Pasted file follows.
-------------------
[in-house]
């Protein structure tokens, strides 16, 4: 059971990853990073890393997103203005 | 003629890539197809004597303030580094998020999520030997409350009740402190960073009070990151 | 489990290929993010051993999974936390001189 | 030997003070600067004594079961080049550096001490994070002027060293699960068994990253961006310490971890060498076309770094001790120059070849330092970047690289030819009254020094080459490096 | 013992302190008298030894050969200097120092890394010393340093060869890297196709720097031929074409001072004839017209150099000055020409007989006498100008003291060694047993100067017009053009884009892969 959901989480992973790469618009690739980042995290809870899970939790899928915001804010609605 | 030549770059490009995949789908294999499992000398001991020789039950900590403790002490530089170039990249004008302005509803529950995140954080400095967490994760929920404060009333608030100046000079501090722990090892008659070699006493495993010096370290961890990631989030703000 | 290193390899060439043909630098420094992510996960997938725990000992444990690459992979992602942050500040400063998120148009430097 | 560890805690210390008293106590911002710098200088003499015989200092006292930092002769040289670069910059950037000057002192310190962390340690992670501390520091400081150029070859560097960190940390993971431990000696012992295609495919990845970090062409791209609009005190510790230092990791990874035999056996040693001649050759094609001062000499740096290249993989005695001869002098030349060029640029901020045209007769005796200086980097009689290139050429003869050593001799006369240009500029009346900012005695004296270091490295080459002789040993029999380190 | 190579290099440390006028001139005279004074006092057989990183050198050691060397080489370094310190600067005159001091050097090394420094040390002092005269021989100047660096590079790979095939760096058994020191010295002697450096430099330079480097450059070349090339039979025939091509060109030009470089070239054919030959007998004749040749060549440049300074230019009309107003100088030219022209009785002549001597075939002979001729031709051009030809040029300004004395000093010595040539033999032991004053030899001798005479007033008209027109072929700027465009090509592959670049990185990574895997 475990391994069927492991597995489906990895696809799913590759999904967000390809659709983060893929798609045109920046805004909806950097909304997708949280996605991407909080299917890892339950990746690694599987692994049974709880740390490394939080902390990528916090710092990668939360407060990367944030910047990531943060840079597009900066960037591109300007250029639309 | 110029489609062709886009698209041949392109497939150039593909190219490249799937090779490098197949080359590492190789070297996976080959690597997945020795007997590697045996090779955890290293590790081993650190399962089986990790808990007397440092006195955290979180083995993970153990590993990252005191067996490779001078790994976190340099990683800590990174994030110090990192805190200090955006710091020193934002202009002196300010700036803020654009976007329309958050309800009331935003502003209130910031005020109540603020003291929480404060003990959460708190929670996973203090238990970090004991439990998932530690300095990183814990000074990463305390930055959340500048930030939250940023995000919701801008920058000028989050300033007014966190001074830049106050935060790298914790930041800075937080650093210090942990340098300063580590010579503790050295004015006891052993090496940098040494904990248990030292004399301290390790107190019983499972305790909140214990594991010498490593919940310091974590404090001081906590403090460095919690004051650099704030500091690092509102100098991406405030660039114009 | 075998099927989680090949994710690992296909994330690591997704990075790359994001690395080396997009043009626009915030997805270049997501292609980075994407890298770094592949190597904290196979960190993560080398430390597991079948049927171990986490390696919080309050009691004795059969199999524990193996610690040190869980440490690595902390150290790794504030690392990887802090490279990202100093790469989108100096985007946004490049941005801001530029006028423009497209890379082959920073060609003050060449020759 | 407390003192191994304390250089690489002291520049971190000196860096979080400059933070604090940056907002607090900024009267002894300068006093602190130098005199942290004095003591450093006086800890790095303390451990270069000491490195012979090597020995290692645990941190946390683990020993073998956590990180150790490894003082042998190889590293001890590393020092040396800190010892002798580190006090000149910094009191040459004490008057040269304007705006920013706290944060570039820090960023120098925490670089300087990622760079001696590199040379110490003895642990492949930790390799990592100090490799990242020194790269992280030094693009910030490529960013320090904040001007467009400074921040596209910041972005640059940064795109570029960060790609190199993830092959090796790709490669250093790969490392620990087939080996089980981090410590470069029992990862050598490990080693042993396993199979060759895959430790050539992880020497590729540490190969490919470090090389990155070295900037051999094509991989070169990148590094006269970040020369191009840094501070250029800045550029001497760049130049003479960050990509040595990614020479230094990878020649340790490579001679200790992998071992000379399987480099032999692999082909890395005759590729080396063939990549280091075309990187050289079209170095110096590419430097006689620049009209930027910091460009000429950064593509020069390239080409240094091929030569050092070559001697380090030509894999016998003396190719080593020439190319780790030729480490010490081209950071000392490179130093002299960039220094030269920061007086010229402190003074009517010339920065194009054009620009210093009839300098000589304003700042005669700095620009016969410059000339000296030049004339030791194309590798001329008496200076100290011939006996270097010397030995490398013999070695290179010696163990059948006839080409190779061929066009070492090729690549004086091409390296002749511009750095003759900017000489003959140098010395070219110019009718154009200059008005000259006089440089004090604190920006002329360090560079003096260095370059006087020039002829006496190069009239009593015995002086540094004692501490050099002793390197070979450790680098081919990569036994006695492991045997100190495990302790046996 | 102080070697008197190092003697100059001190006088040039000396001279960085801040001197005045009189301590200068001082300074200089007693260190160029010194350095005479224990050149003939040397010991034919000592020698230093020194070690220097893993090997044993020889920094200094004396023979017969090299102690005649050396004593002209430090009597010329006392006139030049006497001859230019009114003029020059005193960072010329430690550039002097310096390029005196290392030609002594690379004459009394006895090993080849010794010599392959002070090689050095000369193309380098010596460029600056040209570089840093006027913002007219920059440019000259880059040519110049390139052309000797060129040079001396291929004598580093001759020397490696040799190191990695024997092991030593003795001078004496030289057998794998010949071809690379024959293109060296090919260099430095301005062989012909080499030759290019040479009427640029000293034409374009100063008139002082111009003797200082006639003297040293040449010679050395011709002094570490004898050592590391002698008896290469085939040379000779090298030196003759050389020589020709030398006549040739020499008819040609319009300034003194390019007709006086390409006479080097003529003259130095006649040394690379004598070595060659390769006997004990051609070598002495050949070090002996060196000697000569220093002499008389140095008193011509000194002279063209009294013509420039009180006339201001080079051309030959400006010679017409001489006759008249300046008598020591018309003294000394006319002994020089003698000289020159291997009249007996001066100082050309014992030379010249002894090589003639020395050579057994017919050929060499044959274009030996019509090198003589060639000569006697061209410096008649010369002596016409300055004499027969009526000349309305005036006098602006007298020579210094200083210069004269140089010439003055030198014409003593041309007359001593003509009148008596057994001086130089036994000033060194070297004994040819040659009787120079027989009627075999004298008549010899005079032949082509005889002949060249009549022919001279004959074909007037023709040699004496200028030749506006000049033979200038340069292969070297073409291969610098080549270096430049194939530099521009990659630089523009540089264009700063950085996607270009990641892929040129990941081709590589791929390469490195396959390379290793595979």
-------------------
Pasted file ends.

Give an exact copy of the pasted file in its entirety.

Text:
[in-house]
């Protein structure tokens, strides 16, 4: 059971990853990073890393997103203005 | 003629890539197809004597303030580094998020999520030997409350009740402190960073009070990151 | 489990290929993010051993999974936390001189 | 030997003070600067004594079961080049550096001490994070002027060293699960068994990253961006310490971890060498076309770094001790120059070849330092970047690289030819009254020094080459490096 | 013992302190008298030894050969200097120092890394010393340093060869890297196709720097031929074409001072004839017209150099000055020409007989006498100008003291060694047993100067017009053009884009892969 959901989480992973790469618009690739980042995290809870899970939790899928915001804010609605 | 030549770059490009995949789908294999499992000398001991020789039950900590403790002490530089170039990249004008302005509803529950995140954080400095967490994760929920404060009333608030100046000079501090722990090892008659070699006493495993010096370290961890990631989030703000 | 290193390899060439043909630098420094992510996960997938725990000992444990690459992979992602942050500040400063998120148009430097 | 560890805690210390008293106590911002710098200088003499015989200092006292930092002769040289670069910059950037000057002192310190962390340690992670501390520091400081150029070859560097960190940390993971431990000696012992295609495919990845970090062409791209609009005190510790230092990791990874035999056996040693001649050759094609001062000499740096290249993989005695001869002098030349060029640029901020045209007769005796200086980097009689290139050429003869050593001799006369240009500029009346900012005695004296270091490295080459002789040993029999380190 | 190579290099440390006028001139005279004074006092057989990183050198050691060397080489370094310190600067005159001091050097090394420094040390002092005269021989100047660096590079790979095939760096058994020191010295002697450096430099330079480097450059070349090339039979025939091509060109030009470089070239054919030959007998004749040749060549440049300074230019009309107003100088030219022209009785002549001597075939002979001729031709051009030809040029300004004395000093010595040539033999032991004053030899001798005479007033008209027109072929700027465009090509592959670049990185990574895997 475990391994069927492991597995489906990895696809799913590759999904967000390809659709983060893929798609045109920046805004909806950097909304997708949280996605991407909080299917890892339950990746690694599987692994049974709880740390490394939080902390990528916090710092990668939360407060990367944030910047990531943060840079597009900066960037591109300007250029639309 | 110029489609062709886009698209041949392109497939150039593909190219490249799937090779490098197949080359590492190789070297996976080959690597997945020795007997590697045996090779955890290293590790081993650190399962089986990790808990007397440092006195955290979180083995993970153990590993990252005191067996490779001078790994976190340099990683800590990174994030110090990192805190200090955006710091020193934002202009002196300010700036803020654009976007329309958050309800009331935003502003209130910031005020109540603020003291929480404060003990959460708190929670996973203090238990970090004991439990998932530690300095990183814990000074990463305390930055959340500048930030939250940023995000919701801008920058000028989050300033007014966190001074830049106050935060790298914790930041800075937080650093210090942990340098300063580590010579503790050295004015006891052993090496940098040494904990248990030292004399301290390790107190019983499972305790909140214990594991010498490593919940310091974590404090001081906590403090460095919690004051650099704030500091690092509102100098991406405030660039114009 | 075998099927989680090949994710690992296909994330690591997704990075790359994001690395080396997009043009626009915030997805270049997501292609980075994407890298770094592949190597904290196979960190993560080398430390597991079948049927171990986490390696919080309050009691004795059969199999524990193996610690040190869980440490690595902390150290790794504030690392990887802090490279990202100093790469989108100096985007946004490049941005801001530029006028423009497209890379082959920073060609003050060449020759 | 407390003192191994304390250089690489002291520049971190000196860096979080400059933070604090940056907002607090900024009267002894300068006093602190130098005199942290004095003591450093006086800890790095303390451990270069000491490195012979090597020995290692645990941190946390683990020993073998956590990180150790490894003082042998190889590293001890590393020092040396800190010892002798580190006090000149910094009191040459004490008057040269304007705006920013706290944060570039820090960023120098925490670089300087990622760079001696590199040379110490003895642990492949930790390799990592100090490799990242020194790269992280030094693009910030490529960013320090904040001007467009400074921040596209910041972005640059940064795109570029960060790609190199993830092959090796790709490669250093790969490392620990087939080996089980981090410590470069029992990862050598490990080693042993396993199979060759895959430790050539992880020497590729540490190969490919470090090389990155070295900037051999094509991989070169990148590094006269970040020369191009840094501070250029800045550029001497760049130049003479960050990509040595990614020479230094990878020649340790490579001679200790992998071992000379399987480099032999692999082909890395005759590729080396063939990549280091075309990187050289079209170095110096590419430097006689620049009209930027910091460009000429950064593509020069390239080409240094091929030569050092070559001697380090030509894999016998003396190719080593020439190319780790030729480490010490081209950071000392490179130093002299960039220094030269920061007086010229402190003074009517010339920065194009054009620009210093009839300098000589304003700042005669700095620009016969410059000339000296030049004339030791194309590798001329008496200076100290011939006996270097010397030995490398013999070695290179010696163990059948006839080409190779061929066009070492090729690549004086091409390296002749511009750095003759900017000489003959140098010395070219110019009718154009200059008005000259006089440089004090604190920006002329360090560079003096260095370059006087020039002829006496190069009239009593015995002086540094004692501490050099002793390197070979450790680098081919990569036994006695492991045997100190495990302790046996 | 102080070697008197190092003697100059001190006088040039000396001279960085801040001197005045009189301590200068001082300074200089007693260190160029010194350095005479224990050149003939040397010991034919000592020698230093020194070690220097893993090997044993020889920094200094004396023979017969090299102690005649050396004593002209430090009597010329006392006139030049006497001859230019009114003029020059005193960072010329430690550039002097310096390029005196290392030609002594690379004459009394006895090993080849010794010599392959002070090689050095000369193309380098010596460029600056040209570089840093006027913002007219920059440019000259880059040519110049390139052309000797060129040079001396291929004598580093001759020397490696040799190191990695024997092991030593003795001078004496030289057998794998010949071809690379024959293109060296090919260099430095301005062989012909080499030759290019040479009427640029000293034409374009100063008139002082111009003797200082006639003297040293040449010679050395011709002094570490004898050592590391002698008896290469085939040379000779090298030196003759050389020589020709030398006549040739020499008819040609319009300034003194390019007709006086390409006479080097003529003259130095006649040394690379004598070595060659390769006997004990051609070598002495050949070090002996060196000697000569220093002499008389140095008193011509000194002279063209009294013509420039009180006339201001080079051309030959400006010679017409001489006759008249300046008598020591018309003294000394006319002994020089003698000289020159291997009249007996001066100082050309014992030379010249002894090589003639020395050579057994017919050929060499044959274009030996019509090198003589060639000569006697061209410096008649010369002596016409300055004499027969009526000349309305005036006098602006007298020579210094200083210069004269140089010439003055030198014409003593041309007359001593003509009148008596057994001086130089036994000033060194070297004994040819040659009787120079027989009627075999004298008549010899005079032949082509005889002949060249009549022919001279004959074909007037023709040699004496200028030749506006000049033979200038340069292969070297073409291969610098080549270096430049194939530099521009990659630089523009540089264009700063950085996607270009990641892929040129990941081709590589791929390469490195396959390379290793595979």